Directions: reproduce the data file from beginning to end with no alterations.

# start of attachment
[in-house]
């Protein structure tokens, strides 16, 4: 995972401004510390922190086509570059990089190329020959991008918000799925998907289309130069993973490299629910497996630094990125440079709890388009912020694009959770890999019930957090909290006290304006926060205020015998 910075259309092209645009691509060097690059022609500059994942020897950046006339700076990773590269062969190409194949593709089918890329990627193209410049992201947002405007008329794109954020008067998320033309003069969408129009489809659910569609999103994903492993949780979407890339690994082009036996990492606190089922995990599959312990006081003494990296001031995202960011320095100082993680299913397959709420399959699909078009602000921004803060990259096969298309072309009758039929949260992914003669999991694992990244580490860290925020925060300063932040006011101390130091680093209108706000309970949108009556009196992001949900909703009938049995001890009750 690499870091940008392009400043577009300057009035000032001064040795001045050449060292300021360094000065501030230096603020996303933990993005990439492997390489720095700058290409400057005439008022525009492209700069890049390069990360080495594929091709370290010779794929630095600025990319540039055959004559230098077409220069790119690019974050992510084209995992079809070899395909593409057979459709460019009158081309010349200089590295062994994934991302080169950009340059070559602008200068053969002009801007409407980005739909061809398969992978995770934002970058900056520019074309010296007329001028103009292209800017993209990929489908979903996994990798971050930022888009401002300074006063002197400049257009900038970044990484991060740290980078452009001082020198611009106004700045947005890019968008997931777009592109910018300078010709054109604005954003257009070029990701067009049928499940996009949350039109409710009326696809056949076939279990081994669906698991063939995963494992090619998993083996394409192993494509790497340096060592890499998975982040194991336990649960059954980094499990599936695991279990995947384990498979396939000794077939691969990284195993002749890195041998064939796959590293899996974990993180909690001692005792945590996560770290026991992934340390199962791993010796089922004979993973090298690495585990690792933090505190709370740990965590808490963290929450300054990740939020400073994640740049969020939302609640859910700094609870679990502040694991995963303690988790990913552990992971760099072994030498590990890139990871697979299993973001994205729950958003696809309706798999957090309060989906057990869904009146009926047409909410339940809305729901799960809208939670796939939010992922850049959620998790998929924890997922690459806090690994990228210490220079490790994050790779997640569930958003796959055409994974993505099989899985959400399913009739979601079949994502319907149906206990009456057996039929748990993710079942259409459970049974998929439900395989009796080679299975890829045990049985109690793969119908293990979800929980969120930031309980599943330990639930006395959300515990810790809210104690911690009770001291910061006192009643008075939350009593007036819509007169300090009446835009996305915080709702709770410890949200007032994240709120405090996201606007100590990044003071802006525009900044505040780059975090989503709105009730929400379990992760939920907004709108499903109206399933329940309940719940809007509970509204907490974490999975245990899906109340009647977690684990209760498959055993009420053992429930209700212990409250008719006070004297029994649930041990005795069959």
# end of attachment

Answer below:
[in-house]
């Protein structure tokens, strides 16, 4: 995972401004510390922190086509570059990089190329020959991008918000799925998907289309130069993973490299629910497996630094990125440079709890388009912020694009959770890999019930957090909290006290304006926060205020015998 910075259309092209645009691509060097690059022609500059994942020897950046006339700076990773590269062969190409194949593709089918890329990627193209410049992201947002405007008329794109954020008067998320033309003069969408129009489809659910569609999103994903492993949780979407890339690994082009036996990492606190089922995990599959312990006081003494990296001031995202960011320095100082993680299913397959709420399959699909078009602000921004803060990259096969298309072309009758039929949260992914003669999991694992990244580490860290925020925060300063932040006011101390130091680093209108706000309970949108009556009196992001949900909703009938049995001890009750 690499870091940008392009400043577009300057009035000032001064040795001045050449060292300021360094000065501030230096603020996303933990993005990439492997390489720095700058290409400057005439008022525009492209700069890049390069990360080495594929091709370290010779794929630095600025990319540039055959004559230098077409220069790119690019974050992510084209995992079809070899395909593409057979459709460019009158081309010349200089590295062994994934991302080169950009340059070559602008200068053969002009801007409407980005739909061809398969992978995770934002970058900056520019074309010296007329001028103009292209800017993209990929489908979903996994990798971050930022888009401002300074006063002197400049257009900038970044990484991060740290980078452009001082020198611009106004700045947005890019968008997931777009592109910018300078010709054109604005954003257009070029990701067009049928499940996009949350039109409710009326696809056949076939279990081994669906698991063939995963494992090619998993083996394409192993494509790497340096060592890499998975982040194991336990649960059954980094499990599936695991279990995947384990498979396939000794077939691969990284195993002749890195041998064939796959590293899996974990993180909690001692005792945590996560770290026991992934340390199962791993010796089922004979993973090298690495585990690792933090505190709370740990965590808490963290929450300054990740939020400073994640740049969020939302609640859910700094609870679990502040694991995963303690988790990913552990992971760099072994030498590990890139990871697979299993973001994205729950958003696809309706798999957090309060989906057990869904009146009926047409909410339940809305729901799960809208939670796939939010992922850049959620998790998929924890997922690459806090690994990228210490220079490790994050790779997640569930958003796959055409994974993505099989899985959400399913009739979601079949994502319907149906206990009456057996039929748990993710079942259409459970049974998929439900395989009796080679299975890829045990049985109690793969119908293990979800929980969120930031309980599943330990639930006395959300515990810790809210104690911690009770001291910061006192009643008075939350009593007036819509007169300090009446835009996305915080709702709770410890949200007032994240709120405090996201606007100590990044003071802006525009900044505040780059975090989503709105009730929400379990992760939920907004709108499903109206399933329940309940719940809007509970509204907490974490999975245990899906109340009647977690684990209760498959055993009420053992429930209700212990409250008719006070004297029994649930041990005795069959």